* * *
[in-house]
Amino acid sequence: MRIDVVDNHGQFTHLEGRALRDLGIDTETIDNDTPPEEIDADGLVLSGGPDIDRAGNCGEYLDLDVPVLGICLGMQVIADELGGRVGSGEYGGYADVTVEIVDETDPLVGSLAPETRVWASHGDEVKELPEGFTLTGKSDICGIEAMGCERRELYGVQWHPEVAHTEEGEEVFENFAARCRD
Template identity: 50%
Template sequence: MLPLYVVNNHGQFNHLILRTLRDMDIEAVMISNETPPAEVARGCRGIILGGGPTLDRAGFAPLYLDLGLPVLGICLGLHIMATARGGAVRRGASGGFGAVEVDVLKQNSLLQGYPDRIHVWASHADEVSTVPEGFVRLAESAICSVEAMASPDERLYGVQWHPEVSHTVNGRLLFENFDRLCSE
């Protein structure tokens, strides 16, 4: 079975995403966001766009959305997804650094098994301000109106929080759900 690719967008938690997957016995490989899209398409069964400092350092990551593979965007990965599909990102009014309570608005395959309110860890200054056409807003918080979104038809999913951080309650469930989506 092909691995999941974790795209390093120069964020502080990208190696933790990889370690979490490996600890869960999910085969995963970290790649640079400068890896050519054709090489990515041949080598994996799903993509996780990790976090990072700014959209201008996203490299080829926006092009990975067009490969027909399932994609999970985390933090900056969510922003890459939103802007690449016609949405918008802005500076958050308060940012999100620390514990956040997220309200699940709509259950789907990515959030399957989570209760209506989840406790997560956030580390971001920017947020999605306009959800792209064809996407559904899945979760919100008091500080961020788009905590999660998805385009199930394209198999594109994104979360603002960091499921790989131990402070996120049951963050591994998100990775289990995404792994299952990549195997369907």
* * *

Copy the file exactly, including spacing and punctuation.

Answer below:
[in-house]
Amino acid sequence: MRIDVVDNHGQFTHLEGRALRDLGIDTETIDNDTPPEEIDADGLVLSGGPDIDRAGNCGEYLDLDVPVLGICLGMQVIADELGGRVGSGEYGGYADVTVEIVDETDPLVGSLAPETRVWASHGDEVKELPEGFTLTGKSDICGIEAMGCERRELYGVQWHPEVAHTEEGEEVFENFAARCRD
Template identity: 50%
Template sequence: MLPLYVVNNHGQFNHLILRTLRDMDIEAVMISNETPPAEVARGCRGIILGGGPTLDRAGFAPLYLDLGLPVLGICLGLHIMATARGGAVRRGASGGFGAVEVDVLKQNSLLQGYPDRIHVWASHADEVSTVPEGFVRLAESAICSVEAMASPDERLYGVQWHPEVSHTVNGRLLFENFDRLCSE
């Protein structure tokens, strides 16, 4: 079975995403966001766009959305997804650094098994301000109106929080759900 690719967008938690997957016995490989899209398409069964400092350092990551593979965007990965599909990102009014309570608005395959309110860890200054056409807003918080979104038809999913951080309650469930989506 092909691995999941974790795209390093120069964020502080990208190696933790990889370690979490490996600890869960999910085969995963970290790649640079400068890896050519054709090489990515041949080598994996799903993509996780990790976090990072700014959209201008996203490299080829926006092009990975067009490969027909399932994609999970985390933090900056969510922003890459939103802007690449016609949405918008802005500076958050308060940012999100620390514990956040997220309200699940709509259950789907990515959030399957989570209760209506989840406790997560956030580390971001920017947020999605306009959800792209064809996407559904899945979760919100008091500080961020788009905590999660998805385009199930394209198999594109994104979360603002960091499921790989131990402070996120049951963050591994998100990775289990995404792994299952990549195997369907």